If you do use a microwave, make sure to only put your chocolate in for 30 seconds at a time. Between each burst of heat, stir your chocolate to see how much longer it needs. As it starts to melt, reduce the time to 15-second bursts between stirring. This will minimize your chances of accidental scorching.
Adding Butter or Oil to Melted Chocolate
Butter and oil can be used to add more fat to melted chocolate. Added fat changes the consistency of melted chocolate, thinning out the chocolate, making it shinier, and lowering its hardening temp. You might want to add fat to your chocolate if you’re using the melted chocolate in a sauce or trying to resuscitate seized-up chocolate.
When adding butter or oil, make sure you let it thaw out first — adding cold ingredients to melted chocolate can make it seize up further!
Pro Cooking Tips
- White chocolate and milk chocolate melt more quickly than darker chocolate varieties. If you’re working with lighter chocolate, know that it will take less time to melt down — and it will scorch more easily! Pay extra attention.
- Do not let the bottom of your bowl touch the simmering water! Your double boiler will not melt chocolate at an even pace if some of the bowl is submerged.
- If water or moisture gets into your chocolate at any point in the melting process, it will cause the chocolate to seize up, making it less smooth and more chunky in its final form. If your chocolate is seizing, don’t keep cooking it since it can still burn in this form.
If you’re using chocolate chips, they might contain additives that help the chips keep their shape when baking. This will reasonably make it harder for them to melt down.
Yes, you absolutely can. When you start scorching your chocolate, it’ll let you know. The texture will change from thin and spreadable to thick and sludge-like. You’ll be able to smell that the chocolate is burning. At that point, it’s best to throw out the chocolate and start over.
There are a few things that might have gone wrong here. First, your chocolate might have been exposed to water. Maybe your hands were wet when you picked it up to put in the double boiler, or the spatula you used to stir it had recently been washed. Water makes chocolate seize up, which makes it thick and hard to stir. On the other hand, you might have just burnt it!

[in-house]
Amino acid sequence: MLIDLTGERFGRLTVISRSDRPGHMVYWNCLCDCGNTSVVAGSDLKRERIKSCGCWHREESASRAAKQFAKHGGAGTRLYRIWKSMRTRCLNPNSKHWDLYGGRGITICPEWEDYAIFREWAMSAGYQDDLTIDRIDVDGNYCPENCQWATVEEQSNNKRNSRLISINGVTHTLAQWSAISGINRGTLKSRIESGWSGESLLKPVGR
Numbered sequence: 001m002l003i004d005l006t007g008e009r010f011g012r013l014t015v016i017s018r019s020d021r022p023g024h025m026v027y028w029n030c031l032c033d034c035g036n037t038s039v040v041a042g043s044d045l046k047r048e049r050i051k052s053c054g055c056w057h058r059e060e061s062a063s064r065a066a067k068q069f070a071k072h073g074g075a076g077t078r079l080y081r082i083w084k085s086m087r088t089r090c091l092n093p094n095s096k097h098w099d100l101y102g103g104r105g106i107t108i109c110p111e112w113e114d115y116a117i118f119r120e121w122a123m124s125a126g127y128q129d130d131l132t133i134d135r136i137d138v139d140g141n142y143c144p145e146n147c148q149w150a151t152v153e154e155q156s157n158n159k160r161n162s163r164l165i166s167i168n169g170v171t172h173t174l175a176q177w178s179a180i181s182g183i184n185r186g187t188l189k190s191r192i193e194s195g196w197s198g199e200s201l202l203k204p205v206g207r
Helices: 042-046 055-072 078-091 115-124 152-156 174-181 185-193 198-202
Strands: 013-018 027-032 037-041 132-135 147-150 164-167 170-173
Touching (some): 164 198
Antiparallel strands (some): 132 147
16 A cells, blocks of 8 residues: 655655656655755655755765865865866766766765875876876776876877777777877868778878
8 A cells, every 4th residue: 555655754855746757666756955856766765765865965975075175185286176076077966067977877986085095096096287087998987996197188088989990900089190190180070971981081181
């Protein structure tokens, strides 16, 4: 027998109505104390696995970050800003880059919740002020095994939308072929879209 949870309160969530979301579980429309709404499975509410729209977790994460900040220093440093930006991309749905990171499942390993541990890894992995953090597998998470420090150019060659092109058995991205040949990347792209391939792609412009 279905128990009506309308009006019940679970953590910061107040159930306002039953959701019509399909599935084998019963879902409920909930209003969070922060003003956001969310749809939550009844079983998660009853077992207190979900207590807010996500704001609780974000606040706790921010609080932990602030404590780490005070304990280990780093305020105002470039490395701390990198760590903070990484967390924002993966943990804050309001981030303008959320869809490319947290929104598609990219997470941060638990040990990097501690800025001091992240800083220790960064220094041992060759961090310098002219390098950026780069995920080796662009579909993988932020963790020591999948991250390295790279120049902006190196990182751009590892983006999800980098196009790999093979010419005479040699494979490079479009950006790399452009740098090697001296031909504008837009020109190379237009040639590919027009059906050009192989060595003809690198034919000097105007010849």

It is possible! Chocolate seizes up when it is exposed to moisture, so to counteract that, you can either add butter or oil to fatten up the chocolate. Or, spoon your seized chocolate onto parchment paper, plop it in the fridge, and wait a few days for it to dry out before trying again.
Recipes Using Melted Chocolate
Melted Chocolate Recipes
- Chocolate Ganache
- Best Homemade Hot Chocolate
- Chocolate Covered Caramel Matzoh
- S’mores Haystack Cookies
- Fudgy Chocolate Cake
Like this recipe? Pin it to your favorite board on Pinterest.Pin This
How to Melt Chocolate in a Double Boiler
- Chocolate (chips or chopped chocolate)
- Water (as needed for pot)
- Find a pot that is wide enough to hold a metal or glass bowl nesting in the opening, with the bottom suspended a few inches above the bottom of the pan. You want the bowl to be large enough to extend up and beyond the top of the pot so you can move it easily.
- Fill the pan with water, not high enough to touch the bottom of the bowl. Rest the bowl with the chopped chocolate or chocolate chips in the top of the pan, again making sure the bottom does not touch the water.
- Bring the water to a simmer, but don’t let it boil, which will cause droplets of water to enter the chocolate and may make it seize up or become gritty.
- Stir, preferably with a rubber or silicone spatula, scraping the bottom and side of the pan, until the chocolate is just melted.
- Remove the bowl from the double boiler, watching that the steam doesn’t billow out and burn you. Remove the pan from the heat. Use the chocolate as directed in the recipe.
Nutrition information is automatically calculated, so should only be used as an approximation.